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Rich and Versatile, Yukon Golds Have It All

Discover simple ways to enjoy this all-purpose potato

Fine Cooking Issue 77
Photo: Scott Phillips
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I remember the buzz when Yukon Gold potatoes first came on the market many years ago: a yellow-fleshed potato touted as being so tasty and rich that it hardly needed any butter. Today, purple, blue, and even pink potatoes are the new kids on the block, and Yukon Golds aren’t the novelty they once were. But they remain a gold mine in my kitchen.

Developed in Canada, Yukon Golds are a cross between a North American white potato and a wild South American yellow-fleshed one. Their golden flesh is richly flavored and fairly firm and moist, with medium starch content. A perfect compromise between dry, fluffy russet potatoes and moist, waxy varieties, Yukon Golds are incredibly versatile. They’re superb for mashing and in soups and chowders, and they’re great for roasting, skillet frying (see my recipe for Pan-Fried Yukon Gold Potatoes with Paprika), boiling, and even for making french fries and potato chips. There’s almost nothing you can’t do with a Yukon Gold. They’re truly an all-purpose potato.

As with other starchy foods like rice, grains, and beans, Yukon Gold potatoes provide a wonderful canvas for other flavors. Cream and cheese add richness, and sharp cheeses give a nice bite. Fresh herbs make wonderful aromatic partners, particularly the stout woody ones such as rosemary, sage, winter savory, thyme, and oregano. But more delicate herbs like parsley, cilantro, and chives also pair very well. Assertive spices like paprika, coriander, pepper, and nutmeg are also very compatible. If you have pink peppercorns on hand, Yukon Golds provide an excellent backdrop for their fragrant, sprightly flavor. I don’t usually single out salt as a seasoning, but it plays an important role in bringing out the flavor of potatoes (and other starchy foods). And with potatoes, you always need more of it than you think. Aromatics like onions, garlic, leeks, celery, and peppers also meld beautifully with Yukon Golds.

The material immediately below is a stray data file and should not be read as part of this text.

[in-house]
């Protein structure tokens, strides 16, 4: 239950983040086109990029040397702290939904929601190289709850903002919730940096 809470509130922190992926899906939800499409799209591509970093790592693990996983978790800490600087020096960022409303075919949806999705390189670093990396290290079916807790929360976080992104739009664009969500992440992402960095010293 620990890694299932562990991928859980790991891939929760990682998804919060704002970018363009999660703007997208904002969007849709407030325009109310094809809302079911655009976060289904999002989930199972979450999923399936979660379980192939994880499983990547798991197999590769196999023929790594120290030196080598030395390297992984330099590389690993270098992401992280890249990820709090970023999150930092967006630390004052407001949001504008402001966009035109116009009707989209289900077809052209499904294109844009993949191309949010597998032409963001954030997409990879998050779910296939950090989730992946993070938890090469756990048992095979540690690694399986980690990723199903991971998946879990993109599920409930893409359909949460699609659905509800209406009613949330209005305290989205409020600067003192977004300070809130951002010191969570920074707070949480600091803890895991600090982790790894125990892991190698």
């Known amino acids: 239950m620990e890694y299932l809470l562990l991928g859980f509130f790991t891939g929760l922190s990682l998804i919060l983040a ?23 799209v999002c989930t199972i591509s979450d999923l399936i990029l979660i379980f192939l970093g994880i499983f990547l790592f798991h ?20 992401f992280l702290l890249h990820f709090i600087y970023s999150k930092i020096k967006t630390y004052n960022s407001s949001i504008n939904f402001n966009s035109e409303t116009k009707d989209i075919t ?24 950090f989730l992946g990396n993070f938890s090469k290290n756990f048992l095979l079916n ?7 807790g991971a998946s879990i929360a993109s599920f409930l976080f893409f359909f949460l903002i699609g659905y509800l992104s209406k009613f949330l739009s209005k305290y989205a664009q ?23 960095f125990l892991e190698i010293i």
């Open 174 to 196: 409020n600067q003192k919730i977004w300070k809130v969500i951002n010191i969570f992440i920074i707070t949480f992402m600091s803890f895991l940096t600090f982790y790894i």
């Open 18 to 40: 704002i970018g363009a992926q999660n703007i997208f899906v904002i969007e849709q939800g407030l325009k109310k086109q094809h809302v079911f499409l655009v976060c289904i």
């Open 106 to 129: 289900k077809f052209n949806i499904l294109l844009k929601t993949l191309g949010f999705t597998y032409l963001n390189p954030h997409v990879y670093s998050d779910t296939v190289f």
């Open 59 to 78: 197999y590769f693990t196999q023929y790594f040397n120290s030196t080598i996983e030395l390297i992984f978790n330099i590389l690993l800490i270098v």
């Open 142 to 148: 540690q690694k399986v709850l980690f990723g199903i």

Simple ways to enjoy Yukon Golds

Herb-roasted
For herb-roasted potatoes, roast whole small Yukon Golds, tossed with olive oil and seasoned with coarse sea salt and pepper, in a hot oven until tender. During the last 20 minutes of cooking, add a handful of chopped sage, rosemary, winter savory, or several sprigs of thyme or a combination. Toss together and finish cooking.

Braised with artichokes
To turn out a flavorful Mediterranean braise, brown quartered trimmed artichokes and quartered Yukon Golds in olive oil, then add olives, a few thin slices of lemon, slivered garlic, fresh or dried oregano, salt and pepper, and some chicken or vegetable stock. Cover and simmer until the vegetables are tender and the liquid has reduced to a few tablespoons, 30 to 35 minutes.

Garlicky mashed
For garlic mashed potatoes, cover 1-1/2 pounds of quartered Yukon Golds and a head of peeled garlic in water, boil until tender, and drain. Immediately mash with a hand masher to your desired smoothness. Add salt, pepper, half a stick of butter, and if desired, a little half-and-half or cream.

Boiled and smashed
After boiling Yukon Golds in their jackets, smash them roughly with a fork right on the dinner plate, then drizzle with good extra-virgin olive oil and sprinkle on sea salt, a grind of black pepper, and a scattering of chopped chives.

In a gratin
For a simple but rich gratin, layer very thin slices of Yukon Golds in a generously buttered dish or skillet, arranging them so the slices just overlap. Sprinkle each layer lightly with salt and pepper, a little crushed pink peppercorn, rosemary leaves, and a little grated hard cheese, like Asiago or Parmigiano Reggiano. Make three to four layers in all. Pour a little heavy cream over all and bake at 375°F for 35 to 40 minutes, until golden.

As a soup
For a delicious and simple soup, sweat chopped leeks and celery in a little olive oil or butter, then simmer the leeks and celery with diced potatoes in chicken or vegetable stock or water. Season with salt and pepper. When the vegetables are tender, purée and serve hot or cold, with a dollop of sour cream topped with chopped chives.

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